iUTAH Team - Undergraduate iFellows
Brigham Young University
Faculty: Zachary Aanderud, BYU
Graduate: Erin Jones, BYU
Research Focus Area 1
Natasha Griffin grew up in Payson, Utah. She is a sophomore at Brigham Young University majoring in Environmental Science and minoring in Writing and Rhetoric, and she is especially interested in polar and aquatic ecology. After attending graduate school in ecology, she hopes to do research and write about the environment.
Week 1: May 18-22, 2015
In my first week as an iFellow, I did a lot of reading about the methods we'll be using for my project, E. coli source tracking and about microbial source tracking in general. My mentors and I met to set research goals for the next few months and I learned about how we do gene cloning and PCR in my lab. We also started ordering supplies so that we can begin creating a standard curve to judge our qPCR results against.
Week 2: May 25-29, 2015
I did PCR for the first time this week as we figured out which temperatures would work best with the primers we've been using to bind to human- and cow-specific bacterial DNA samples. I also learned how to do gel electrophoresis. I continued reading articles on microbial source tracking and researched all the primers we're using to target different Bacteroides species, one of the organisms we're using as a pollution indicator.
Week 3: June 1-5, 2015
This week we started training on DNA extraction. I filtered water samples and used an extraction kit and a spectrophotometer to determine DNA concentration. The results were a little weird, so we began planning an experiment that we'll do next week to determine which extraction methods work best. Our new primers arrived and the gene cloning kit should come soon so I've also been researching how plasmids are used to make standard curves for qPCR.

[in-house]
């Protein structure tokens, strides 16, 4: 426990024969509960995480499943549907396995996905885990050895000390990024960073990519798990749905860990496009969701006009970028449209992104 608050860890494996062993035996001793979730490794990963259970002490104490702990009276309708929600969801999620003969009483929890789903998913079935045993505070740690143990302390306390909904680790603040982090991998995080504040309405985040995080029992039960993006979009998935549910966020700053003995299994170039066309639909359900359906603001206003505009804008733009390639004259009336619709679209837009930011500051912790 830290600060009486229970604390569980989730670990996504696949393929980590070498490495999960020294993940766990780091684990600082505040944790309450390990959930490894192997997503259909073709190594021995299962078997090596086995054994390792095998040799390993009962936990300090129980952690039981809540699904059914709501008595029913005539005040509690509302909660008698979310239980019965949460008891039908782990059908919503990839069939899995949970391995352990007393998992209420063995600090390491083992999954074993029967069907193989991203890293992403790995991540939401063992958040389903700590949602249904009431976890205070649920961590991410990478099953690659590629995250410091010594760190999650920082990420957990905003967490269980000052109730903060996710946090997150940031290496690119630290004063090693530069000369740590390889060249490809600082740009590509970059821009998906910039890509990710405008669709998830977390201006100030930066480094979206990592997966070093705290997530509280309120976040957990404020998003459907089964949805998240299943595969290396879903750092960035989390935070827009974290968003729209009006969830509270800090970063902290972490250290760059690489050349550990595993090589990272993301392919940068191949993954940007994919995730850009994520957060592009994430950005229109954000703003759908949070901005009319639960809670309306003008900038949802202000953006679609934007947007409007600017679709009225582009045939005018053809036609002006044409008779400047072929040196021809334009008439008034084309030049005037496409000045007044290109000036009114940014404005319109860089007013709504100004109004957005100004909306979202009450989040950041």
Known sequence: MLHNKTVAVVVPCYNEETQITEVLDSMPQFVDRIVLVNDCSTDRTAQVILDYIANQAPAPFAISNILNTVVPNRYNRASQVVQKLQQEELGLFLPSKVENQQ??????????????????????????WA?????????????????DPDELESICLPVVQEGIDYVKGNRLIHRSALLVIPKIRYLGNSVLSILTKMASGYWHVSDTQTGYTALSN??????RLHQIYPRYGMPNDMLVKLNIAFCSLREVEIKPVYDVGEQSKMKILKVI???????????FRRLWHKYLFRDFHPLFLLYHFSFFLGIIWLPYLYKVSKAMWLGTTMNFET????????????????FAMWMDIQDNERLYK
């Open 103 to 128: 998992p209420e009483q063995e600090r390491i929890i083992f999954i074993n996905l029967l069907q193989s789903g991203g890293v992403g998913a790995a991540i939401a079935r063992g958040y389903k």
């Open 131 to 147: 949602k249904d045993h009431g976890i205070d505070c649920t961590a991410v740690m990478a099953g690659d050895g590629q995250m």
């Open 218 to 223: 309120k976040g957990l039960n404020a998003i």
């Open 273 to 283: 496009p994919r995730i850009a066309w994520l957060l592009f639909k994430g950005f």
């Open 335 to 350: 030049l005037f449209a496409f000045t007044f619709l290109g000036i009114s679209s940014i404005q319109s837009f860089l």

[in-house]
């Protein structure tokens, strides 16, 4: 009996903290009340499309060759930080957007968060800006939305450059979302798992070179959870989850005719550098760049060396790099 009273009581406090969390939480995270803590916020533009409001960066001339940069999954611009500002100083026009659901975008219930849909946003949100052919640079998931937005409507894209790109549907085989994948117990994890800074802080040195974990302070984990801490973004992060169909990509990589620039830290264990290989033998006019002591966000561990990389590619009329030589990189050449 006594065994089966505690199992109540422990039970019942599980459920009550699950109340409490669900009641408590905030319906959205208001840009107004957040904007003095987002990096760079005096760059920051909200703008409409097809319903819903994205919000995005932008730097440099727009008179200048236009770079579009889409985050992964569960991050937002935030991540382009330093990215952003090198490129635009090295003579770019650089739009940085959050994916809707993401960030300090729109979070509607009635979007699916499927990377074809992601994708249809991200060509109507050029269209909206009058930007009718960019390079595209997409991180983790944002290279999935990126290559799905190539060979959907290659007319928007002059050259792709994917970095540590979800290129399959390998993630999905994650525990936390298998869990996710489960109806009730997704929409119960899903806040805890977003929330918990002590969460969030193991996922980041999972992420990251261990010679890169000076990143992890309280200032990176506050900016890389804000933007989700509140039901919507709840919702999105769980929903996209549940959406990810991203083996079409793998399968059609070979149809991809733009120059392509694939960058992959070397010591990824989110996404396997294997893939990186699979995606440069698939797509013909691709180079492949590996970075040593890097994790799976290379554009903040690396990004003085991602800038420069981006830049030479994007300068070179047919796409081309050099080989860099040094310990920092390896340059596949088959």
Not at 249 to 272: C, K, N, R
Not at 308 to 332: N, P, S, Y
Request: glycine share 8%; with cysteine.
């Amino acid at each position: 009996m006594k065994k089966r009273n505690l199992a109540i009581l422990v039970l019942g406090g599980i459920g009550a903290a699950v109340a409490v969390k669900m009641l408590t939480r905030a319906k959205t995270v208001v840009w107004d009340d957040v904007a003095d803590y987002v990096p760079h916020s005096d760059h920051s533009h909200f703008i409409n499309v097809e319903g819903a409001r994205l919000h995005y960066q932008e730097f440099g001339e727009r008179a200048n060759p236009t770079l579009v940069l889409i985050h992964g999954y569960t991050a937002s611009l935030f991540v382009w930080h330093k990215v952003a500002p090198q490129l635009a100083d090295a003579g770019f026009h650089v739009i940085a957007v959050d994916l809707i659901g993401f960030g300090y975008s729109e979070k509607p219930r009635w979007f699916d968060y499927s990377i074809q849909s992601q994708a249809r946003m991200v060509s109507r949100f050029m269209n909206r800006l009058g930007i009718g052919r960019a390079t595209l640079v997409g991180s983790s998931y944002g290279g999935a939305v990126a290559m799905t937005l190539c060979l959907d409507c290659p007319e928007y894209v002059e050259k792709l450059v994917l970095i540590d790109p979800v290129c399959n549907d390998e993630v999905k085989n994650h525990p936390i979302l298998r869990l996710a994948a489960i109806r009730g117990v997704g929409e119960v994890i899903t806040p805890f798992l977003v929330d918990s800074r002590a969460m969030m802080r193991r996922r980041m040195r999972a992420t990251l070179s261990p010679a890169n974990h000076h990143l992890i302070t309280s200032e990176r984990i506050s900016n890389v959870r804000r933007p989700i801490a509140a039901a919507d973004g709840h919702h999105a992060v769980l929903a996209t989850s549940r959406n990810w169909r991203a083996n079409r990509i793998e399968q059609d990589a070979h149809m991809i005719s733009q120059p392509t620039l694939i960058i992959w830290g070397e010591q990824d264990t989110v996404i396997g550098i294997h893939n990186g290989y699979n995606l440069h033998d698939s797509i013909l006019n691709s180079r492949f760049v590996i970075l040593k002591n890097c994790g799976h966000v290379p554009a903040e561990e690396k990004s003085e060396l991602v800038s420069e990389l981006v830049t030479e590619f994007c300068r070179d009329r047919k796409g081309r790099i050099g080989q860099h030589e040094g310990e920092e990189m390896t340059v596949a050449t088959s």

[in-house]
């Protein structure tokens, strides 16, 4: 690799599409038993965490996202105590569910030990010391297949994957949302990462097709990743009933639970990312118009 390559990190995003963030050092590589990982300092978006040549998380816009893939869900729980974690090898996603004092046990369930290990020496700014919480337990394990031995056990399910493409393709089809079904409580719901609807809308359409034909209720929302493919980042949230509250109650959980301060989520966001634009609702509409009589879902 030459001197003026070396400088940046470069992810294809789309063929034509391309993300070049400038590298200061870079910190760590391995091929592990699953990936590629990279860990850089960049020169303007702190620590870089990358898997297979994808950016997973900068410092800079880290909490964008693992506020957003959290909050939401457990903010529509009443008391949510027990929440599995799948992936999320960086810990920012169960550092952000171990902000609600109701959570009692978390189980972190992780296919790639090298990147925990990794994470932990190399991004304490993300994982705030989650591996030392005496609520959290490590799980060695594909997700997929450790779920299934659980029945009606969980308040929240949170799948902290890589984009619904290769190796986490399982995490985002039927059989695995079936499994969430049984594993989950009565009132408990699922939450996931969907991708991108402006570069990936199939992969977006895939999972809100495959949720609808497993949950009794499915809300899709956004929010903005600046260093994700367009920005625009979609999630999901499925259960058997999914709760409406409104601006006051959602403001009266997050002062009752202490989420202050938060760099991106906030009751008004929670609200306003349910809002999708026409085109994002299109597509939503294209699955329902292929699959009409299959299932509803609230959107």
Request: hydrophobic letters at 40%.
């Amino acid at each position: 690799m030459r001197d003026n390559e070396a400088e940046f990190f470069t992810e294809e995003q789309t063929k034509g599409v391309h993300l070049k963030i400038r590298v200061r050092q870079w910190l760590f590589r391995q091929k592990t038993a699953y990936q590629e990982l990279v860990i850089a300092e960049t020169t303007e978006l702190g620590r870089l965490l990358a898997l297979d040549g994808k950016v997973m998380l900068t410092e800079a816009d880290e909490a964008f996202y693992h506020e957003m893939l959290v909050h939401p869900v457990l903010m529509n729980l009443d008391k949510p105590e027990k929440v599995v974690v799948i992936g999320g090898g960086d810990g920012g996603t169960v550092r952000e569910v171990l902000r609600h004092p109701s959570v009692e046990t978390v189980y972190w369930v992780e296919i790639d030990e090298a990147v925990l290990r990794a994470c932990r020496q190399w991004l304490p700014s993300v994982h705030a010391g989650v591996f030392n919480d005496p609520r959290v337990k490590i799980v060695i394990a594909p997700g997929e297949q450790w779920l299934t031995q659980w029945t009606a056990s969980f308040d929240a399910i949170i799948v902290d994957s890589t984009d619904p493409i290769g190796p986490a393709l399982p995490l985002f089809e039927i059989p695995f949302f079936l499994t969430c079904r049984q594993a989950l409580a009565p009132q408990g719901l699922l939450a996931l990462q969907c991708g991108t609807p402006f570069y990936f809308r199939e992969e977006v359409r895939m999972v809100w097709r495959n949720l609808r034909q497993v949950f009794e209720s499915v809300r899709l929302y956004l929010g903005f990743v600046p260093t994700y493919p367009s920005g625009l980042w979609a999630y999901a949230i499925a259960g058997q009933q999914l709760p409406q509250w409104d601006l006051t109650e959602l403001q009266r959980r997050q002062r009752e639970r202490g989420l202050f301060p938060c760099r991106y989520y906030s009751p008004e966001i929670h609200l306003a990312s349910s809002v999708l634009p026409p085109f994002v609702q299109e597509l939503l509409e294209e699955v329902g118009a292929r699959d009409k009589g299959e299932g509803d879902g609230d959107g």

Week 4: June 8-12, 2015
I finally got to go sampling for my DNA extraction experiment this week, which was very cool. We filtered our samples and began the factorial experiment we designed. Our primers and cloning kit arrived. I also started that so we can start our cloning reaction as soon as we determine the best extraction method.
Week 5: June 15-19, 2015
After a few failures, we finally managed to extract good concentrations of DNA from the samples we took last week. We then did PCR for three different bacteria (E. coli, Enterococcus, and Pseudomonas), using the DNA we extracted as the template. The PCR product will be cloned into vectors for making qPCR curves. Along with my project, I filtered snow samples for another iUTAH project and began writing a quality control guide for pH data to be used by people monitoring data from iUTAH's GAMUT stations.
Week 6: June 22-26, 2015
Week 7: June 29-July 3, 2015
This week, we did gradient PCR to find the best temperatures to use when amplifying different organisms' DNA. I learned how to do gel extractions to isolate particular DNA amplicon sizes from an agarose gel. I also made plates with antibiotic and growth medium to culture the E. coli cells we'll be transforming DNA for our standards into.
Week 8: July 6-10, 2015
This week we performed the cloning reaction to insert our PCR product into vectors, then transformed the vectors into the E. coli cells and cultured them on the plates we made. We selected some E. coli colonies from those plates to culture further and use for our standards after we sequence them to verify the amplicon we inserted is correctly oriented. I also got to spend a day in the Provo River watershed with the BYU iUTAH tech, Dylan, for sampling and calibration at the GAMUT aquatic stations.
Week 9: July 13-17, 2015
We extracted plasmid DNA from the colonies we cultured last week, PCR amplified it, and found that it was the correct size after running it on an agarose gel. Next we'll sequence it to see which Enterococcus species the DNA belongs to and make dilutions of the DNA to use as qPCR standard curves. We amplified Bifidobacterium and Pseudomonas DNA as well so that we can make standards for them. I also spent time on my poster and presented it at the iUTAH symposium, which was terrifying, but it was great to meet so many other people working with iUTAH and to gain presenting experience.
Week 10: July 20-24, 2015
Week 11: July 27-31, 2015